The most Eastern beach on the plantation of San Juan is Playa Largu (large or wide beach). From the sea a cliff can be seen with a number of niches or cave entrances. This could be a place where indians took a break or stayed for some time. So we decided to bring a visit to this cliff. After meeting at the home of François we continued with two jeep-like cars to the plantation San Juan. At the plantation house we paid the entrance fee and we drove on to the beach, where we parked our cars.
Michèle was with us this time. She decided to stay on the beach to take pictures. The others, François, Fred, Carel, Eddy, Hetty and I left the beach and went in the direction of the cliff. Soon we found a dry-stone wall about the height of Hetty, so pretty intact. We continued to the first large niche. We found a lot of traces of former water flow (stalactites and stalagmites) but no traces of indian habitation. We continued along the cliff where we found a number of other niches, some small others quite large. All with nice stalactites, terraces formed by the water flow and also visible coral remains in the wall as proof that this cliff originated as an underwater reef.
At a certain point, almost where the beach under us ended, we decided to continue our hike closer to the sea. We went till the point that is known as 'Punt halve dag' (Point half day). It is unclear if the name means that it took about half a day to get from here to the city or to the other end of the island. And it is also unclear if a half day means 12 hours or 6 hours. For us it doesn't matter but probably if you were on board of a ship that passed this point it would.
From there we went back in the direction of the beach. We looked at several places to find a spot where it would be easy to descend to the beach, but in the end we needed the help of Michèle, who was at the beach to show us such a spot.
We rested on the beach under a large tree. Our next target was the saliña just landward from the beach. There is some water in the first part and the rest of the saliña is dry. In this dry part we found a lot of trees seemingly dead. They formed nice natural sculptures.
This concluded our hike. We went back to the house of François where we got drinks and snacks prepared by Ai Wha and were we had the option to watch the soccer match on the TV screen inside. But in the end we all stayed outside and enjoyed the drinks, the snacks and each others company.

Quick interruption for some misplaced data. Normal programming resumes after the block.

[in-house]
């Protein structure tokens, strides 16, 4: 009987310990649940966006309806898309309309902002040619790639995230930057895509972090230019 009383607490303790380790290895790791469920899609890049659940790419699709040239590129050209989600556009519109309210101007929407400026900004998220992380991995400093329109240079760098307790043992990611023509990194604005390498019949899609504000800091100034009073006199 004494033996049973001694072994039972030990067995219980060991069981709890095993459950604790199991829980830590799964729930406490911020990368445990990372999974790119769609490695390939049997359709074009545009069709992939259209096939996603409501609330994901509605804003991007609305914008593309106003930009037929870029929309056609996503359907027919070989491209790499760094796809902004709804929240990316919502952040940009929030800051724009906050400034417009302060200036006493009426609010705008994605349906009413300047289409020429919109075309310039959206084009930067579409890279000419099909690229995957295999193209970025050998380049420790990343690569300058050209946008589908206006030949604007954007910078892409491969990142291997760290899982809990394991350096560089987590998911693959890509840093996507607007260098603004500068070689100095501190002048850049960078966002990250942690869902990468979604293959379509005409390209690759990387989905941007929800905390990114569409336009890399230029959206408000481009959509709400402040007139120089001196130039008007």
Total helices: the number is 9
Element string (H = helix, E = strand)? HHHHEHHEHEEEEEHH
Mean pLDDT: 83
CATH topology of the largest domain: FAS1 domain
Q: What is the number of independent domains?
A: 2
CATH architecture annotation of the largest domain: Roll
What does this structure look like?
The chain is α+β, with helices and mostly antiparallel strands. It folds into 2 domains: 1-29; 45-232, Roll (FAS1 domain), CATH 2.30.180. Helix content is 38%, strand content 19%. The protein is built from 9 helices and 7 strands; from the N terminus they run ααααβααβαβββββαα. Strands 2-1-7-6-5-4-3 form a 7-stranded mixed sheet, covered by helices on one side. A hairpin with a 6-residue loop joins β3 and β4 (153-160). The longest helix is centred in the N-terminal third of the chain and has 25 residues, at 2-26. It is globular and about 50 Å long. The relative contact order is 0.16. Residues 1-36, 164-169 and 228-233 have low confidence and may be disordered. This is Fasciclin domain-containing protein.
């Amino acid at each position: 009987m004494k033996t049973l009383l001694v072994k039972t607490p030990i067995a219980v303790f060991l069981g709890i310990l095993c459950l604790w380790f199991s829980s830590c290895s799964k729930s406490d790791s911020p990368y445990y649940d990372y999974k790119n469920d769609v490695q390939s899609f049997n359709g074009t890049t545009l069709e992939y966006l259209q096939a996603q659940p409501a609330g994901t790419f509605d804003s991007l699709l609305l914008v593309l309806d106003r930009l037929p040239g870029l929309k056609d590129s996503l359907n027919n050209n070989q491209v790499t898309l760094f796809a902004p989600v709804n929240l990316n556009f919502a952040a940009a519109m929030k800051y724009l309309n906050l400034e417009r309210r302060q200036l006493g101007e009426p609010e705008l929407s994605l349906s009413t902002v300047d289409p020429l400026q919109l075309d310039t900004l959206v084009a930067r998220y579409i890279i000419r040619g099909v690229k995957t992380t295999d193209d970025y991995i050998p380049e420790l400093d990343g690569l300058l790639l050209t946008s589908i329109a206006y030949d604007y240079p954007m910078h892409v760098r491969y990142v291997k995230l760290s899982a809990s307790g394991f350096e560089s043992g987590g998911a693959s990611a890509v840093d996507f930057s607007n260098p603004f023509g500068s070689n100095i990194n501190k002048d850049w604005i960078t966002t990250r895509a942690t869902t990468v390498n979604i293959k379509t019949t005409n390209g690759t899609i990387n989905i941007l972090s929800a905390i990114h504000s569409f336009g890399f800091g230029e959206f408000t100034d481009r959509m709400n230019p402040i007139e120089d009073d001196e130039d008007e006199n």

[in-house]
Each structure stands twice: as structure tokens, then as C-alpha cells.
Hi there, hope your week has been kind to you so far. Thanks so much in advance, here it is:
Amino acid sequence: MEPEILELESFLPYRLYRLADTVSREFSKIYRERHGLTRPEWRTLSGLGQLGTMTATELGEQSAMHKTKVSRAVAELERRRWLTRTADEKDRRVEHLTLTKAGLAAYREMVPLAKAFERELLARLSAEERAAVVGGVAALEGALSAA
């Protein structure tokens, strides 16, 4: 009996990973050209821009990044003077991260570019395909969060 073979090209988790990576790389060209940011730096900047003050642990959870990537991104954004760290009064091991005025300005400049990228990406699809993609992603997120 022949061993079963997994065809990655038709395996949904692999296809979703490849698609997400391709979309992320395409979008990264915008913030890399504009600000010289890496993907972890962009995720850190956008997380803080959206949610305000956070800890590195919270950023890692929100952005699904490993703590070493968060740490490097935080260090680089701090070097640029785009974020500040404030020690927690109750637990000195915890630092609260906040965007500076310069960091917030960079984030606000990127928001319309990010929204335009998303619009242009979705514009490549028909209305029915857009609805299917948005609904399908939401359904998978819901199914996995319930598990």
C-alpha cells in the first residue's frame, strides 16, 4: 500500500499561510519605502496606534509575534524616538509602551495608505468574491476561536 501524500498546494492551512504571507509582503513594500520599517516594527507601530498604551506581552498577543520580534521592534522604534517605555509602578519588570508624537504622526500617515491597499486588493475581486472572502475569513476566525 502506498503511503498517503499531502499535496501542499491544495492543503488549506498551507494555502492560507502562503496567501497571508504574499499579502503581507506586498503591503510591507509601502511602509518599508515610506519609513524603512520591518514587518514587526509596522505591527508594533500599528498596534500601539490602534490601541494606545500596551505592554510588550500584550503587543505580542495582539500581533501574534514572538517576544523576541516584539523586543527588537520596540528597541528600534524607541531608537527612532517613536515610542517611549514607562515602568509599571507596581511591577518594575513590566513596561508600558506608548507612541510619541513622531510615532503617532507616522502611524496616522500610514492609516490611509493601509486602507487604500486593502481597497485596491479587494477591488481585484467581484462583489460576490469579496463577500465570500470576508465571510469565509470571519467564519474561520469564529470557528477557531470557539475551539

No rights can be derived from this report
- In blue our track along the side of the Seru Largu In blue our track along the side of the Seru Largu
- Playa Largu Playa Largu
- Nicely sculpted Palu di sia Nicely sculpted Palu di sia
- A dry-stone wall A dry-stone wall
- François in front of a low ridge with a niche underneath François in front of a low ridge with a niche underneath
- Brasilwood tree Brasilwood tree
- Frozen water Frozen water
- Traces of dripping water in the past Traces of dripping water in the past
- Small stalactites Small stalactites
- A cave hidden behind a lot of cacti A cave hidden behind a lot of cacti
- Terraces formed by the water Terraces formed by the water
- Clearly these rocks formed under water Clearly these rocks formed under water
- Large Brasilwood trees Large Brasilwood trees
- Columns formed by dripping water Columns formed by dripping water
- This cave entrance is too high This cave entrance is too high
- More stalactites More stalactites
- Two stalagmites look like two people Two stalagmites look like two people
- A crab is clinging on and still alive although not moving A crab is clinging on and still alive although not moving
- Another Brasilwood tree on the upper plateau Another Brasilwood tree on the upper plateau
- As we expected the rare Mammillaria mammillares is also present As we expected the rare Mammillaria mammillares is also present
- A Toteki on a tree is looking for food A Toteki on a tree is looking for food
- This Palu di sia has created its own support This Palu di sia has created its own support
- Stem of a large Brasilwood tree Stem of a large Brasilwood tree
- Another Brasilwood tree Another Brasilwood tree
- Fred is taking pictures of the Mammillaria Fred is taking pictures of the Mammillaria
- An eroded Kadaster measuring point An eroded Kadaster measuring point
- Punt halve dag (Point Half day) Punt halve dag (Point Half day)
- Flower of the Tuna Flower of the Tuna
- It is good resting under a tree on the coral beach It is good resting under a tree on the coral beach
- Flowers of the Oliba Flowers of the Oliba
- This saltpan looks like a frozen lake This saltpan looks like a frozen lake
- Lots of 'tree statues' in the salt pan Lots of 'tree statues' in the salt pan